10 24 J. Shen and L. Wang / Commun. Comput. Phy., 5 (29), pp On the other hand, for u(x) = inkx (1+x) h, it can alo be eaily checked that Dx mu < ω α+m,β+m if m< 2h+α+1 3, which implie that ( u π α,β u ω α,β (2h+α+1)/3 u(x)= inkx ) (1+x) h. (2.35) ext, we conider the mapping (2.12) which lead to ( dy ) 1 d D x = dx dx = (x2 + 2 ) 3/2 2 ω k,l (x)= d dx, ( x x x2 + 2 ) k ( x x x2 + 2 ) l 2 (x ) 3/2. Hence, for u(x)=(1+x 2 ) h, we have Dx m u α+m,β+m ω < if m<2h+α+1, which implie that u π α,β u ω α,β (2h+α+1) (u(x)=(1+x 2 ) h ). (2.36) On the other hand, for u(x)=inkx (1+x 2 ) h, we have Dx m u α+m,β+m ω < if m< 2h+α+1 2, which implie that u π α,β u ω α,β (2h+α+1)/2 ( u(x)= inkx (1+x 2 ) h ). (2.37) A few remark are in order: (i) If h i a poitive integer, then u(x) = (1+x) h and u(x)=(1+x 2 ) h are rational function and they can be expreed exactly by a finite um of mapped rational function; (ii) For other cae, only algebraic convergence rate are achievable even though the function are mooth; (iii) the convergence rate for olution with ocillation at infinitie i much lower than that for olution without ocillation at infinitie; and (iv) For olution with exponential decay at infinity, the convergence rate will be fater than any algebraic rate; numerical reult in [34, 35, 54] (ee alo [11]) indicate that the convergence rate i ubgeometrical a e c ; and (v) numerical reult performed in [34, 35, 39, 54] are conitent with the etimate in (2.34)(2.37). 2.4 Mapped Jacobi interpolation approximation We now conider the Gau and GauRadau quadrature formula on unbounded domain baed on the mapped Jacobi polynomial. To fix the idea, we only conider the Gau quadrature, ince the GauRadau quadrature (which i ueful in the emiinfinite interval) can be treated in exactly the ame fahion. Let { ξ α,β,,},ωα,β be the Jacobi= Gau node and weight, and there hold 1 1 φ(y)ω α,β (y)dy= = φ(ξ α,β, )ωα,β,, φ P 2+1. (2.38)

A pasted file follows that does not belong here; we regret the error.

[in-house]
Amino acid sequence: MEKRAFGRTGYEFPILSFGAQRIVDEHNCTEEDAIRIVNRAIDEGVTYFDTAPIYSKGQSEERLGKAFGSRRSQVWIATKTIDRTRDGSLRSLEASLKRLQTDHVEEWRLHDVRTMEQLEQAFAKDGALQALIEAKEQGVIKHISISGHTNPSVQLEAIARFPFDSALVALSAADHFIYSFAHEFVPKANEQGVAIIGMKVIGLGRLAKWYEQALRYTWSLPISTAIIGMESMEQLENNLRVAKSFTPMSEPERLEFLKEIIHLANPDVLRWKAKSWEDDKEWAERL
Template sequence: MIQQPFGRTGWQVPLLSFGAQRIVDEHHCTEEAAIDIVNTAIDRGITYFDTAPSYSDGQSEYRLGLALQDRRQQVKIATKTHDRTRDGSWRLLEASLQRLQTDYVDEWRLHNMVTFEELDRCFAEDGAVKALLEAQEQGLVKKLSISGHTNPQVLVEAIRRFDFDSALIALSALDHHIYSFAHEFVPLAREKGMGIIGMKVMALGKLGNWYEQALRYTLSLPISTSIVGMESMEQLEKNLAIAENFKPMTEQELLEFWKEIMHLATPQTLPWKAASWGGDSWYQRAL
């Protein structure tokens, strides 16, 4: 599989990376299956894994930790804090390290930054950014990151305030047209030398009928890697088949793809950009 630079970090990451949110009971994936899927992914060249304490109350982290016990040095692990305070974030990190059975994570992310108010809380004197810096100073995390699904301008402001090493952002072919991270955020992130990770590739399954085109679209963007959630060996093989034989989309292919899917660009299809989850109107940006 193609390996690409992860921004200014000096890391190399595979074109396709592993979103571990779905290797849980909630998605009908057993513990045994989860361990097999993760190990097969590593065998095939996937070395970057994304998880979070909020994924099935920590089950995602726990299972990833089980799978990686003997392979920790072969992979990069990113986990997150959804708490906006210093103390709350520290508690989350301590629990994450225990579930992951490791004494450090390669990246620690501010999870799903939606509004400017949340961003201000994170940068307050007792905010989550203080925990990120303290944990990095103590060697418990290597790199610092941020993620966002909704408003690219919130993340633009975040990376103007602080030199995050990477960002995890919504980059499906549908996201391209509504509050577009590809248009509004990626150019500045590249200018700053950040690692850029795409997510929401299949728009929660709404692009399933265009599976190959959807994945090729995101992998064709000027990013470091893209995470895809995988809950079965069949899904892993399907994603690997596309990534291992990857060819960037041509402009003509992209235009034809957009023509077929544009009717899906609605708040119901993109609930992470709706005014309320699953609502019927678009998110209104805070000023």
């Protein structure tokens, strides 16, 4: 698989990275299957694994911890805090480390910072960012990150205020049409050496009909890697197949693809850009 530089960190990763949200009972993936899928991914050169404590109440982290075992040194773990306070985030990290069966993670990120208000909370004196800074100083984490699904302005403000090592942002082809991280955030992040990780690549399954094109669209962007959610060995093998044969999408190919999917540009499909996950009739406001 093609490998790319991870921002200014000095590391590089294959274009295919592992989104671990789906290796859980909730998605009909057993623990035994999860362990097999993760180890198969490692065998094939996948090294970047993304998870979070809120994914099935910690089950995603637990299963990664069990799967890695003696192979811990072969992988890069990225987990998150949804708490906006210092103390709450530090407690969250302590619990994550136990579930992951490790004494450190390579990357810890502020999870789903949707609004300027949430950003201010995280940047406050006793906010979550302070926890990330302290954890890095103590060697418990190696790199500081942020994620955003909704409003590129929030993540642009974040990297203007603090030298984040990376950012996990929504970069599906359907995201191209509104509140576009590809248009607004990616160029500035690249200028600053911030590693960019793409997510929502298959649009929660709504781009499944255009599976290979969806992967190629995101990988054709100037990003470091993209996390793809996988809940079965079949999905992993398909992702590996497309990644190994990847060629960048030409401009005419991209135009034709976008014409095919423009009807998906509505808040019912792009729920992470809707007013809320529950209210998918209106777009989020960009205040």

11 J. Shen and L. Wang / Commun. Comput. Phy., 5 (29), pp Applying a mapping (2.9) to the above lead to the mapped JacobiGau quadrature: Λ u(x)ω α,β (x)dx = = u(ζ α,β,, )ρα,β,,, u Vα,β,2+1, (2.39) where ζ α,β,, := g(ξα,β, ;), ρα,β,, := ωα,β,, (2.4) are the mapped JacobiGau node and weight. Accordingly, we can define the dicrete inner product and dicrete norm: (u,v) α,β = ω, u(ζ α,β,, )v(ζα,β,, )ρα,β,,, = u ω α,β =(u,u) 1 2, ω α,β,, u,v C(Λ). The mapped JacobiGau interpolation operator I α,β, : C(Λ) Vα,β,, i defined by I α,β, u Vα,β, α,β uch that (I, u)(ζα,β,, )=u(ζα,β,, ), =,1,,. (2.41) be the JacobiGau (or JacobiGauRadau) interpolation operator. By defini Let I α,β tion, we have I α,β α,β,u(x)=(i U )(y)=(i α,β U )(h(x;)). (2.42) Then, we can eaily derive the following reult by combining Lemma 2.2 and Theorem 2.1. Theorem 2.2. If u B α,β m (Λ) with m 1, then x (I α,β, u u) ω α,β + I α,β, u u ω α,β 1 m Dx m u α+m,β+m ω. (2.43) We now examine how the mapping parameter affect the ditribution of the node. Aume that the node { ζ,,} α,β are arranged in acending order. We firt oberve that = by the mean value theorem, ζ α,β,,+1 ζα,β,, = g (ξ;)(ξ α,β,,+1 ξα,β,, ), (2.44) for certain ξ (ξ α,β,,,ξα,β,,+1 ). Hence, the intenity of tretching eentially depend on the derivative value of the mapping. For the mapping (2.13), (2.12), (2.16) and (2.15), we have dx dy = g (y;)= 1 y 2, (1 y 2 ) 3/2, 2 (3+y)(1 y), repectively. Therefore, the grid i tretched more and more a increae. 2 (1 y) 2, (2.45)